Varnish Cache is a web application accelerator also known as a caching HTTP reverse proxy. You install it in front of Apache web server and configure it to cache the contents. Varnish Cache is really, really fast. It typically speeds up delivery with a factor of 300 – 1000x, depending on the specifics of your architecture.
Installation on Amazon Linux takes no more than a few minutes because a package is already available via yum. However, I was bothered by the fact that Amazon’s repository for Varnish is version 3.x, meanwhile Varnish 6.0 was just released. Being the obsessive-compulsive person that I am, I was unenthusiastic about installing a package that is knowingly three full versions behind the curve. While I never got to the bottom of why this is the case, and further, I opened a can of Linux worms trying to create a more up-to-date local repository. Since the however, I’ve concluded that the version 3.x package works just fine inside a standard Apache web server environment.
Incidentally, I was also spooked by the “reverse proxy” nomenclature as I wasn’t entirely sure what this meant. In hindsight, I now know that it means a page cache that sits in front of Apache. Varnish is especially effective because it resides in front of Apache. Varnish is superior to localized plugin-based caching solutions because with php-based applications like WordPress, a lot happens inside php and in the file system; even in cases when you get a page hit with a plugin-based caching solution. By contrast, Varnish is intended to listen on your main traffic port (probably 80 and/or 443), intercepting and intervening on behalf of both Apache and WordPress. For highly dynamic environments like for example, Woo Commerce sites, the performance increase is absolutely stunning. Note that this blog runs behind a Varnish cache.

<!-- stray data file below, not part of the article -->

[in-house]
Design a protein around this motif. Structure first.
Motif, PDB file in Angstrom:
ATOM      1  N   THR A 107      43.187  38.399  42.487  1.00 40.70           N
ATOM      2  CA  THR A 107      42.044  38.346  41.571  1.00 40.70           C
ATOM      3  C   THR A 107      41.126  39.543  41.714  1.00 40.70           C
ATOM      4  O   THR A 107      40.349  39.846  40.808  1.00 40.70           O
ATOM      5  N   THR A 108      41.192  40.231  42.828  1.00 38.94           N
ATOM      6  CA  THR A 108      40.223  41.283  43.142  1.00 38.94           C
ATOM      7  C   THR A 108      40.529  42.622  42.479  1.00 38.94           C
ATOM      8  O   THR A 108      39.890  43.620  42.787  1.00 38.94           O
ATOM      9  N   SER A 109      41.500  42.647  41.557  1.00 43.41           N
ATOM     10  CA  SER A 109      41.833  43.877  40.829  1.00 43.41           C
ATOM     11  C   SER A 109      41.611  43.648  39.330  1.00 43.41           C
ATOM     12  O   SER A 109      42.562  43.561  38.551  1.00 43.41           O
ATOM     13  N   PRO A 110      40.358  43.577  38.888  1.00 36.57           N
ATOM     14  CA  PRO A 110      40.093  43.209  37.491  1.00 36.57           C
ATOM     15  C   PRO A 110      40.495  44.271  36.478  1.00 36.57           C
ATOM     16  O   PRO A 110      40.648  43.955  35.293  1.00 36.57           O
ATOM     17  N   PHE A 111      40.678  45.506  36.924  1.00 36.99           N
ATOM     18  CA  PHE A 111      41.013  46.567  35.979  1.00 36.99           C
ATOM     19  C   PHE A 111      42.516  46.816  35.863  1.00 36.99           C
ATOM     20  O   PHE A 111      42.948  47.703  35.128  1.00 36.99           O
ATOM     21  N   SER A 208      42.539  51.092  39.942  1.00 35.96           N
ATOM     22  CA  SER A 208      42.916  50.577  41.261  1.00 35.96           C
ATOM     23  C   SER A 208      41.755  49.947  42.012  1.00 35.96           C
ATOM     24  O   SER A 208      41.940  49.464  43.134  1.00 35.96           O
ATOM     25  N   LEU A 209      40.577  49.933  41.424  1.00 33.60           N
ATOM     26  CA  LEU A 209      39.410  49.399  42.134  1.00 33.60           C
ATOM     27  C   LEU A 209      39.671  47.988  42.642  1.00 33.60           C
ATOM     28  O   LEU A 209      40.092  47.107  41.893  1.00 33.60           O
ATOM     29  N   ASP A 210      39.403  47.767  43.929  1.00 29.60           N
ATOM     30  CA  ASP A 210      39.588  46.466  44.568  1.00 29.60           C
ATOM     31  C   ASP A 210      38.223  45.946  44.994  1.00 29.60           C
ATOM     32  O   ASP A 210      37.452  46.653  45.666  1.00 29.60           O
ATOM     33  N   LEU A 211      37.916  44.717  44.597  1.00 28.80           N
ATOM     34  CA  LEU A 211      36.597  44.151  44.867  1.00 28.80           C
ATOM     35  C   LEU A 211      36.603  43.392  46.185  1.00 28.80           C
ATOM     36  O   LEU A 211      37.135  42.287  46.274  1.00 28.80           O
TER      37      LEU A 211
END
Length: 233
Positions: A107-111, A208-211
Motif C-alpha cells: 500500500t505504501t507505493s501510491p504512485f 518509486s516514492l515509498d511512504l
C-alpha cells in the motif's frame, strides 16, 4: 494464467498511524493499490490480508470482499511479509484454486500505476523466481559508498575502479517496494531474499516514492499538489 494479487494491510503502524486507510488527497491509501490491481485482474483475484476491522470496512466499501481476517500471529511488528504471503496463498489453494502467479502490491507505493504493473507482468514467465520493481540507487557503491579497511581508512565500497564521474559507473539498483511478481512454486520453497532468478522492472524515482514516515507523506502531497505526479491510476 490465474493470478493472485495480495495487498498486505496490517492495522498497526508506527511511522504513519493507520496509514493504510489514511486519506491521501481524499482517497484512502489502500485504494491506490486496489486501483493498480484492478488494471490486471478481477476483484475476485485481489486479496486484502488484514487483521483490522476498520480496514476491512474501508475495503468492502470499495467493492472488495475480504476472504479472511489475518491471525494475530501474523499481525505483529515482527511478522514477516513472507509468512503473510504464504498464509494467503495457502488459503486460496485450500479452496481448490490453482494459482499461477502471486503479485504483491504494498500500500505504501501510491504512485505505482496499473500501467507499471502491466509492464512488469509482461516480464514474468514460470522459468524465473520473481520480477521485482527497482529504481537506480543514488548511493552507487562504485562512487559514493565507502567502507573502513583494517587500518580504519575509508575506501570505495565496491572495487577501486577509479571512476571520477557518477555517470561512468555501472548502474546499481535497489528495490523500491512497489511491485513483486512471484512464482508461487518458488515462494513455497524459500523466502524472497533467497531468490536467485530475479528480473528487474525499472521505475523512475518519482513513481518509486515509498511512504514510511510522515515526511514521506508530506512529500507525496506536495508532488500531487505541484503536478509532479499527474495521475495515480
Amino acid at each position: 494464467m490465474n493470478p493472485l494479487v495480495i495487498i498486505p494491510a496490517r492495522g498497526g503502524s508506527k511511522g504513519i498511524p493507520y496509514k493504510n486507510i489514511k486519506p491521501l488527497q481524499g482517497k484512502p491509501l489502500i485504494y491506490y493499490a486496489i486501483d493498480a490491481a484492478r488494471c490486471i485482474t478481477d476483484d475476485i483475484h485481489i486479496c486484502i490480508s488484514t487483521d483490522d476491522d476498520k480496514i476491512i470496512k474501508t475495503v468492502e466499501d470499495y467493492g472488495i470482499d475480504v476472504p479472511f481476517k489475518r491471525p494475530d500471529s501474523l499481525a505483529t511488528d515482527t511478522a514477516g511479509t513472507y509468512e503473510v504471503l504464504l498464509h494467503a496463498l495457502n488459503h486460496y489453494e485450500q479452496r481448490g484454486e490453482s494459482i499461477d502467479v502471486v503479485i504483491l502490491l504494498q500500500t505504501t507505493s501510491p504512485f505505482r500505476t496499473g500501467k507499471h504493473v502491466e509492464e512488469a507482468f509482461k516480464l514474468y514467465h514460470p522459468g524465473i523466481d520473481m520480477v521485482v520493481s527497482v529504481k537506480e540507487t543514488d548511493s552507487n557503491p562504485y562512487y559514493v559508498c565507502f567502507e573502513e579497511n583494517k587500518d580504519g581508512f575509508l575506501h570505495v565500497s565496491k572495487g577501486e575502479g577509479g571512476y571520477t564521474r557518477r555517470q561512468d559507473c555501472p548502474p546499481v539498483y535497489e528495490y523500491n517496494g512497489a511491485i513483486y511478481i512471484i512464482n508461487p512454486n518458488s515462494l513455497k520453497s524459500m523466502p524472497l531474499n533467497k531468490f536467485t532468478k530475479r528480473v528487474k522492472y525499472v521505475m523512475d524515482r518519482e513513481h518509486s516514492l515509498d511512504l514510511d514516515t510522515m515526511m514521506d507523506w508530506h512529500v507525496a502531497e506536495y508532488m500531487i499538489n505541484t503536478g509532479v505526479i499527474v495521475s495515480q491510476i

A final observation before we go to work: this tutorial is derived from an excellent article from Aaron Kili at Tecmint, “Install Varnish Cache 5.2 to Boost Apache Performance on CentOS 7”. I adjusted for the various nuances in the default file storage locations in Amazon Linux, and importantly, this article recommends a different (older) version of Varnish that seems to be the path of least resistance for Amazon Linux. And lastly, I’ve supplemented Aaron’s original guide with some specifics recommendations on how to get WordPress to work well.